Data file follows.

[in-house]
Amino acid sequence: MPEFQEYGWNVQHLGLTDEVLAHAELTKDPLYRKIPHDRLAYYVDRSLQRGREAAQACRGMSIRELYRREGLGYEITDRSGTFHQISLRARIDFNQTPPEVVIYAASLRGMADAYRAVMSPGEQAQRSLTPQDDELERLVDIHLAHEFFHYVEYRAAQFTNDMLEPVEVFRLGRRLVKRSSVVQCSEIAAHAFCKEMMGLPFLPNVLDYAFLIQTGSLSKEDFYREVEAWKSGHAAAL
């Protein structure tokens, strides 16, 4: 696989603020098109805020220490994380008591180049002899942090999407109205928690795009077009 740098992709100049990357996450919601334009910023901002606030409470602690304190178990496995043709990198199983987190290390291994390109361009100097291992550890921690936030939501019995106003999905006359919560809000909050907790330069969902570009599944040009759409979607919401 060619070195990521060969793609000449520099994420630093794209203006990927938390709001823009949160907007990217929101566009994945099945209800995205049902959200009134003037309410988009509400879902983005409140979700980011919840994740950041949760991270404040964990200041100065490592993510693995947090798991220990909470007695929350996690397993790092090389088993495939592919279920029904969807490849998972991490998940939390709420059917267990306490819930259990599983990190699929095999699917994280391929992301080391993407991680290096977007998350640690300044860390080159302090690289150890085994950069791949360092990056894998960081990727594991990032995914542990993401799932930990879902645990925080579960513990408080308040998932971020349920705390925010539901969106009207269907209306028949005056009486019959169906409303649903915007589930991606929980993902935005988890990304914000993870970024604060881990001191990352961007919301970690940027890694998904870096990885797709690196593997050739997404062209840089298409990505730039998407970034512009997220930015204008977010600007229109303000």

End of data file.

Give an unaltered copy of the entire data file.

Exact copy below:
[in-house]
Amino acid sequence: MPEFQEYGWNVQHLGLTDEVLAHAELTKDPLYRKIPHDRLAYYVDRSLQRGREAAQACRGMSIRELYRREGLGYEITDRSGTFHQISLRARIDFNQTPPEVVIYAASLRGMADAYRAVMSPGEQAQRSLTPQDDELERLVDIHLAHEFFHYVEYRAAQFTNDMLEPVEVFRLGRRLVKRSSVVQCSEIAAHAFCKEMMGLPFLPNVLDYAFLIQTGSLSKEDFYREVEAWKSGHAAAL
């Protein structure tokens, strides 16, 4: 696989603020098109805020220490994380008591180049002899942090999407109205928690795009077009 740098992709100049990357996450919601334009910023901002606030409470602690304190178990496995043709990198199983987190290390291994390109361009100097291992550890921690936030939501019995106003999905006359919560809000909050907790330069969902570009599944040009759409979607919401 060619070195990521060969793609000449520099994420630093794209203006990927938390709001823009949160907007990217929101566009994945099945209800995205049902959200009134003037309410988009509400879902983005409140979700980011919840994740950041949760991270404040964990200041100065490592993510693995947090798991220990909470007695929350996690397993790092090389088993495939592919279920029904969807490849998972991490998940939390709420059917267990306490819930259990599983990190699929095999699917994280391929992301080391993407991680290096977007998350640690300044860390080159302090690289150890085994950069791949360092990056894998960081990727594991990032995914542990993401799932930990879902645990925080579960513990408080308040998932971020349920705390925010539901969106009207269907209306028949005056009486019959169906409303649903915007589930991606929980993902935005988890990304914000993870970024604060881990001191990352961007919301970690940027890694998904870096990885797709690196593997050739997404062209840089298409990505730039998407970034512009997220930015204008977010600007229109303000």